Long-haul truck drivers pose greater accident risk: study

By: Ruza Zivkusic-Aftasi


Truck drivers working through the night are at an equal risk of an accident as a drink-driver, a study has found.

Long-haul truck drivers pose greater accident risk: study
Truck drivers in New South Wales and Western Australia participated in the study.

 

Long-haul drivers who work late nights are three times more likely to get into an accident, according to a recent study.

The study which, was published in the American Journal of Epidemiology by Monash University researchers, has found that those who work midnight-to-dawn hours with few breaks are equally at risk of an accident as mid-range drink-drivers.

Long-distance drivers who drive for more than three hours a night can make the same errors as those driving with a blood alcohol reading of 0.08.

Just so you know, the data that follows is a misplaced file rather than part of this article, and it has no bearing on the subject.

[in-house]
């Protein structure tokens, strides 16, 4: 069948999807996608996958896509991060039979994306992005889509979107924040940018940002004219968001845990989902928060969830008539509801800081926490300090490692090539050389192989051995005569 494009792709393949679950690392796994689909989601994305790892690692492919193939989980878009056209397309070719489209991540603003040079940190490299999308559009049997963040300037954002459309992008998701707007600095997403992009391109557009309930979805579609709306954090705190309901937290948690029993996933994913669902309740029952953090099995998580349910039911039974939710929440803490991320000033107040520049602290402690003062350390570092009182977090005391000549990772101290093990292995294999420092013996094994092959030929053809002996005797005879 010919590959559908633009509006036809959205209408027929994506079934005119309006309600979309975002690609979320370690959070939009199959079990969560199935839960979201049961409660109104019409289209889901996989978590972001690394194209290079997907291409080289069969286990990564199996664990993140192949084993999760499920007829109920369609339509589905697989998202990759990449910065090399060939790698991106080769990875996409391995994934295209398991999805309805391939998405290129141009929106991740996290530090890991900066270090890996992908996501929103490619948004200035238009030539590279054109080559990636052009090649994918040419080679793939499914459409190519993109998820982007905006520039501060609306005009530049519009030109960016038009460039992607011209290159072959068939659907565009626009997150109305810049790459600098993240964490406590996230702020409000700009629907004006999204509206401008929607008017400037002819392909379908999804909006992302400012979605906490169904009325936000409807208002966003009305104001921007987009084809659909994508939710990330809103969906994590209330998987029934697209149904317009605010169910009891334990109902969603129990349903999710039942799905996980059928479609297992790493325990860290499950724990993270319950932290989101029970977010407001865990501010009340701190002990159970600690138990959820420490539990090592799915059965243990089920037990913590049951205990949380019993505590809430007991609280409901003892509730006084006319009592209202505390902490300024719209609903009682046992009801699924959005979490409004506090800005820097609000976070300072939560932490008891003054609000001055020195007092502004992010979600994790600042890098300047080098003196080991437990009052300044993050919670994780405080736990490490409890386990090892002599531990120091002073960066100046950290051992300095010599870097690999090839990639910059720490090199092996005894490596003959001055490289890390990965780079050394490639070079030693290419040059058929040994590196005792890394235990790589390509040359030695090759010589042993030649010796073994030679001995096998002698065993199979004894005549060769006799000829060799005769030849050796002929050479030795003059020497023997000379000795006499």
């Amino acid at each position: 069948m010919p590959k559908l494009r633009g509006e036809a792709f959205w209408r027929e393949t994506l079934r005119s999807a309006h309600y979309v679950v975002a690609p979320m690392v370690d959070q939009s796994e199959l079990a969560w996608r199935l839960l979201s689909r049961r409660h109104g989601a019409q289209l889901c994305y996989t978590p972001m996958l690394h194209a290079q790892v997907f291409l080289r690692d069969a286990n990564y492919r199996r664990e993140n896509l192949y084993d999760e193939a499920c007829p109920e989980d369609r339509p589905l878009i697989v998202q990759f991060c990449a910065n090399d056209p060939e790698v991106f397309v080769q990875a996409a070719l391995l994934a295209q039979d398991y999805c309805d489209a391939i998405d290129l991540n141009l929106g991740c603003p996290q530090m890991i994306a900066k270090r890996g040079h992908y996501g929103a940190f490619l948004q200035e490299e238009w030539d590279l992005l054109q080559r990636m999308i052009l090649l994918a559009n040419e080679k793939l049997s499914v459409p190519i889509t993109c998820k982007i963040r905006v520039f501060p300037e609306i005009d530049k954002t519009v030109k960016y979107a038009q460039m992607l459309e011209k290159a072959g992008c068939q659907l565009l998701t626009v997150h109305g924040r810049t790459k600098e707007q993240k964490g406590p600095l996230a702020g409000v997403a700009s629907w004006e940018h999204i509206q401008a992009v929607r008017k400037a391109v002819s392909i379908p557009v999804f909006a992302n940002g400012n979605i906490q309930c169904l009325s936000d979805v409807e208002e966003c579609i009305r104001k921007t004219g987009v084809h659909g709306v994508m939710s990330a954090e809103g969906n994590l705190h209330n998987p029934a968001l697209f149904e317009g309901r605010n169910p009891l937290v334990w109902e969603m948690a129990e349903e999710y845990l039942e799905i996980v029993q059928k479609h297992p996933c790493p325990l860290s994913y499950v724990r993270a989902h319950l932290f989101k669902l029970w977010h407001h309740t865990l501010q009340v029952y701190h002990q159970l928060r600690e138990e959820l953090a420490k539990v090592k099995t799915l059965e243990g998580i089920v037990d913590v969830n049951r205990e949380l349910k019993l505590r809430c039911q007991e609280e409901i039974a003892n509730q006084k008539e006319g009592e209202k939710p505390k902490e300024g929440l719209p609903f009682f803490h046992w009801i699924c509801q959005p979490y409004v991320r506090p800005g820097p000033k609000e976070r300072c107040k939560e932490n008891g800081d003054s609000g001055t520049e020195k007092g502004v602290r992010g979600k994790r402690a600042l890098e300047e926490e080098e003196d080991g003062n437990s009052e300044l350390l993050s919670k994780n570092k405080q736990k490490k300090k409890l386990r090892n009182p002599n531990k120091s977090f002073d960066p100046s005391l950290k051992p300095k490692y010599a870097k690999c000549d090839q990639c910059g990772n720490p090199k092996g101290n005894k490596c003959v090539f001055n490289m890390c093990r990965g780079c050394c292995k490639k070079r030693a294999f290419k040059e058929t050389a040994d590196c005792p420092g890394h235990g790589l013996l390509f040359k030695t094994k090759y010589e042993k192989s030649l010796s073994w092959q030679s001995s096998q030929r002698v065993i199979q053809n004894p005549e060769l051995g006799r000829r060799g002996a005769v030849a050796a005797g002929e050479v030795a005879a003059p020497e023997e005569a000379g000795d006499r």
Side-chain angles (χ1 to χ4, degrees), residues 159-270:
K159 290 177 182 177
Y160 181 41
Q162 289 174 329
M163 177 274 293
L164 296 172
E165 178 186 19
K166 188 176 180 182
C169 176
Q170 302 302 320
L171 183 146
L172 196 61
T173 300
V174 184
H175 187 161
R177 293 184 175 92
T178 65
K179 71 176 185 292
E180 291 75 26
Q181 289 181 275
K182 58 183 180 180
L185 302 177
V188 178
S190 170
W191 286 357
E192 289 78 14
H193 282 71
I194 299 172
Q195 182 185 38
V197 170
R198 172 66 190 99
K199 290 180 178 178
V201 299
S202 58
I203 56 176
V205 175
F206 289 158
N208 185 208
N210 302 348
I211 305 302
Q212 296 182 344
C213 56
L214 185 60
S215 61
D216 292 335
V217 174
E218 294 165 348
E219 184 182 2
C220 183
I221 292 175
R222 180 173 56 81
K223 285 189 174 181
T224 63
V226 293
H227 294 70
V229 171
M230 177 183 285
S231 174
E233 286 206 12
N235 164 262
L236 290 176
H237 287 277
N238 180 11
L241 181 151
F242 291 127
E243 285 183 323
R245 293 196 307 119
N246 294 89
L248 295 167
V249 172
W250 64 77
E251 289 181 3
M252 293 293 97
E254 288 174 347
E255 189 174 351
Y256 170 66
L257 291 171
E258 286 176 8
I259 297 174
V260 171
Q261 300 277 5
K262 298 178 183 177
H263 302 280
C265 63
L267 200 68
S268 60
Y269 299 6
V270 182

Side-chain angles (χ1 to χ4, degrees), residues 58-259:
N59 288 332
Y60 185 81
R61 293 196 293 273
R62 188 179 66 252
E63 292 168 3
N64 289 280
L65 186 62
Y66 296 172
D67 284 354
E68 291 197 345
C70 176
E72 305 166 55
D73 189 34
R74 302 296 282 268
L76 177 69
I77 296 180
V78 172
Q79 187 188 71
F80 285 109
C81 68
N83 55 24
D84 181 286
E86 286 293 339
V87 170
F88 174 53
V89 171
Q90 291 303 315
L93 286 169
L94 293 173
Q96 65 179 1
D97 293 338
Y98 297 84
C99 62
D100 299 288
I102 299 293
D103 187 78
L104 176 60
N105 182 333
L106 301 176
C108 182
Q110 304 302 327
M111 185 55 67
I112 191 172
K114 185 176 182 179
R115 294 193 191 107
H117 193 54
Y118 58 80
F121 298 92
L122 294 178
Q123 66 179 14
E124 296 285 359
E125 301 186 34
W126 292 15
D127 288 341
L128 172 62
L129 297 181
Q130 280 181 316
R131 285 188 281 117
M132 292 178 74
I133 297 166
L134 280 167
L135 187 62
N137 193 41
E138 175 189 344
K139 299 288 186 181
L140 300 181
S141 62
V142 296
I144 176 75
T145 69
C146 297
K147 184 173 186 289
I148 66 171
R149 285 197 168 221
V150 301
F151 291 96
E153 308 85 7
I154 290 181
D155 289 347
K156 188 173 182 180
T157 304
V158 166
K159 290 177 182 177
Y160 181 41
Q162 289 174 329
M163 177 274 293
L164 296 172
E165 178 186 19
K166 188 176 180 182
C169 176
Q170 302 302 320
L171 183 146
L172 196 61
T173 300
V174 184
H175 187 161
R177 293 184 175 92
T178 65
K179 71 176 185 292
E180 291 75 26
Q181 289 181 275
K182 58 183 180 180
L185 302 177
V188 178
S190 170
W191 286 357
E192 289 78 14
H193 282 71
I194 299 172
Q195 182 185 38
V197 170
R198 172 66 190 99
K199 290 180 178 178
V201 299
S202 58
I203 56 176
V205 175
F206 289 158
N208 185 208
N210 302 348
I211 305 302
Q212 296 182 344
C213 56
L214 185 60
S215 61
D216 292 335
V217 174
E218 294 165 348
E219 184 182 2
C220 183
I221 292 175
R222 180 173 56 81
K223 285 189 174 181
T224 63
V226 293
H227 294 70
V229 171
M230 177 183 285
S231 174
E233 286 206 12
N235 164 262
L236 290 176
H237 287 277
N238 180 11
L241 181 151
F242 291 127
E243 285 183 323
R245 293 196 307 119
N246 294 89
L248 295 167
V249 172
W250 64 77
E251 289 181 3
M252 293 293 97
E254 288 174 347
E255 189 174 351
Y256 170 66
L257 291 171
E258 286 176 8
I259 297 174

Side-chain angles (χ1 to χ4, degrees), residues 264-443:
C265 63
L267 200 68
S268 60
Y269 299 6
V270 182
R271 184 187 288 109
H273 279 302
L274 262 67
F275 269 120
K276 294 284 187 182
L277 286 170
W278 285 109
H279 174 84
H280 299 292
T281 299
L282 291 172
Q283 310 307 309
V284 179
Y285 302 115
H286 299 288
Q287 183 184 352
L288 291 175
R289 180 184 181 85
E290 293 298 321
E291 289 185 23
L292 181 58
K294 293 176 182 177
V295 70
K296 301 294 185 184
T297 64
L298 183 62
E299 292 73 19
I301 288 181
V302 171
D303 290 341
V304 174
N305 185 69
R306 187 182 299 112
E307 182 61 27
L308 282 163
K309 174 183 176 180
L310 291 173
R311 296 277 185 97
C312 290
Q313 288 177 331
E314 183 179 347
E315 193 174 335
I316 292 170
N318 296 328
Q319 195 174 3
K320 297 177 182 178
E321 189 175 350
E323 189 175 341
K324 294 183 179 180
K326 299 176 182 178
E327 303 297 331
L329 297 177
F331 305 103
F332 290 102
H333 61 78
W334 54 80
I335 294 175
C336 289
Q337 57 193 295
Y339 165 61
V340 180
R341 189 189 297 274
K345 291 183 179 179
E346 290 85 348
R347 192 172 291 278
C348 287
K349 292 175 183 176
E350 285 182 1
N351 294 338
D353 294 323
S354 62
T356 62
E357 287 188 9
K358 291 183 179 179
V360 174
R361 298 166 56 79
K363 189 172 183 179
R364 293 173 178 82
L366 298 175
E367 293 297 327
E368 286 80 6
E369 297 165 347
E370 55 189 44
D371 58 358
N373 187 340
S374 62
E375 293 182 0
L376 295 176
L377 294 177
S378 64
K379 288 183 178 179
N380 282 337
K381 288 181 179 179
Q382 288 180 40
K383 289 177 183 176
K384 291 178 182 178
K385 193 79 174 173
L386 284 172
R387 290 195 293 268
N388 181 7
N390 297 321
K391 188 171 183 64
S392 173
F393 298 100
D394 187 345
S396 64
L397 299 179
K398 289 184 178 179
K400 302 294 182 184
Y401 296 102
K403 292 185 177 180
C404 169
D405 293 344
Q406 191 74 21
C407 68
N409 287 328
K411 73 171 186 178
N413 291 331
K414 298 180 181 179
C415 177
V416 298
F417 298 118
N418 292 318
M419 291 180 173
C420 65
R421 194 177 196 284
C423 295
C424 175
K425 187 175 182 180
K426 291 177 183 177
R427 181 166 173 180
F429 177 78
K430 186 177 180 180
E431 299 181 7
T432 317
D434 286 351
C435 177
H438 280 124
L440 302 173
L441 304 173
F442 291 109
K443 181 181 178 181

Those without anti-lock braking systems and cruise control are also more at risk of a crash, according to the study.

"Lack of cruise control was tied to 64 per cent higher risk," Professor Mark Stevenson says.

"Also travelling with an empty load in an articulated truck was associated with an almost two-fold increase in having a crash."

Truck drivers at rest stops in New South Wales and Western Australia participated in the study, answering questions on sleep, driving and lifestyle habits.

They also wore a sleep monitor for a night.

Those who had been involved in a crash were more likely to use caffeinated drinks to stay awake and had less than 10 years’ driving experience.

Police in both states had notified the research team of 895 crashes recorded during a period of which more than half of those drivers participated in the study.

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